Welsh Uplands - Article by Alistair CrowleI know this might be a little long winded but i found this a interesting read about upland management! i hope some of you find it interesting as well.
Blanket peat is an important store of carbon and this is being released through both natural and made-made processes. If the research to date is correct, climate change is likely to increase the rate of carbon loss, with potentially serious consequences for society. Furthermore, it is clear that any form of intensive use of blanket peat results in a loss of carbon is one form or another.
Blanket peat has always been of marginal value as pasture and was really intensively used only when subsidies made drainage and stocking worthwhile. Lance (1983) has demonstrated that sheep perform better on serially burned than on unburned blanket bog, but given the importance of blanket peat as a habitat in its own right, as well as its role in carbon storage, there would seem to be little justification for continuing this practice.
Some land-managers are of the opinion that without grazing the whole of the uplands would quickly become covered in trees and scrub. English nature (2003) investigates sites that have been taken out of management, in some cases for up to 50 – 60 years, and it is clear that, in many upland areas, management activities or grazing by livestock could cease without any significant change in tree cover for decades, if not centuries.
Many moorland managers now recognise that artificial drainage channels are one of the mistakes of the past, but some are still opposed to taking remedial action. The sheer scale of the drainage channels across the uplands, largely funded by the government drainage grants, is such that the only way to tackle the blocking and management required within a sensible time frame is to establish a national restoration scheme. Fortunately, we now have modelling tools and data which can be used to prioritise the work required and so target resources effectively.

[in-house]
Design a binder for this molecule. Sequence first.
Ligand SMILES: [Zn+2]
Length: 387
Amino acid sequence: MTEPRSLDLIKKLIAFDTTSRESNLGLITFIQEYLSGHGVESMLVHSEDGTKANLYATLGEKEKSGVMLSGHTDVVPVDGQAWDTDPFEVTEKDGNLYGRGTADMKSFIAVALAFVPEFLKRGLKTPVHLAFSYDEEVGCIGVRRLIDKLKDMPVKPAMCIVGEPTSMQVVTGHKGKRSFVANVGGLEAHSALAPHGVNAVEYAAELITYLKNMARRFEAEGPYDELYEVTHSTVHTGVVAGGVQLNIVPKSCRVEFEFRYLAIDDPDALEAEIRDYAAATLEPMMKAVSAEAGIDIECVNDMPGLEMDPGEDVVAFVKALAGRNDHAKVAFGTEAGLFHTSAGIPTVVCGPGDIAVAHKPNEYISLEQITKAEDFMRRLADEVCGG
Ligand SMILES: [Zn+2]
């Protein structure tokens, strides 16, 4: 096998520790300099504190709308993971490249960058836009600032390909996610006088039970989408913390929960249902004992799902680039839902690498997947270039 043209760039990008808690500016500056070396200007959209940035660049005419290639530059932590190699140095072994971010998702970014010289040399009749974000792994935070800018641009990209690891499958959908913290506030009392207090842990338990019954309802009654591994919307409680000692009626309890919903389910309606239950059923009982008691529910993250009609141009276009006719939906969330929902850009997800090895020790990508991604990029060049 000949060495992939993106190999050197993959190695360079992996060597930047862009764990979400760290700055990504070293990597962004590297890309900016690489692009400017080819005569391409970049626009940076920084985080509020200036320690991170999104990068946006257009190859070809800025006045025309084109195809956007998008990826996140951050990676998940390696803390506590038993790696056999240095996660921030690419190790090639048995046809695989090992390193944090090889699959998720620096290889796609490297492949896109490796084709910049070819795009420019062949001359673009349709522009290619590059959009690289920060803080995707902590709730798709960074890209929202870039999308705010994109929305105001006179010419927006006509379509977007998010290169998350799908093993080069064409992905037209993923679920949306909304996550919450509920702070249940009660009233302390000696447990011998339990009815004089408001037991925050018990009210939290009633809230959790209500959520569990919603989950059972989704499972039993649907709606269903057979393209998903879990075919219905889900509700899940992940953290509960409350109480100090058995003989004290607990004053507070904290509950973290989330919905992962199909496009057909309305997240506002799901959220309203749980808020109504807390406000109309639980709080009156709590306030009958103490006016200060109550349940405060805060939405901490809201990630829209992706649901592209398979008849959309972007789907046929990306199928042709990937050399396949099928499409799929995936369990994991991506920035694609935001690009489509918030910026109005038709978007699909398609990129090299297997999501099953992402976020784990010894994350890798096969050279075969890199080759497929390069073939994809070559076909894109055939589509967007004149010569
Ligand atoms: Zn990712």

One of the justifications for moorland burning is to reduce the impact of a wildfire. The irony is that the act of creating a heather monoculture and drying the peat surface in the process increases the likelihood of wildfire causing damage, although it is interesting to note that, in the Peak District, Heather was identified to being the least vulnerable habitat (McMorrow et al. 2005). The heather monoculture is a phenomenon that date only from the period of industrialisation (Chambers et al. 2006). Before that, a range of plants existed together usually in a wetter state, and, although fire events had taken place previously, heather had not dominated the landscape to the extent now found across large areas of uplands. In the light of what we know now about the damaging effects of burning on peat, it seems inappropriate to continue to cause damage on the grounds that it may prevent damage at a later point. The best way to avoid damage by wildfires is to prevent the fire in the first place. However difficult politically or socially , this means establishing more robust protocols for closing upland areas at times of risk, establishing more novel methods of managing visitors, and putting more resources into having personnel on the ground to patrol vulnerable areas.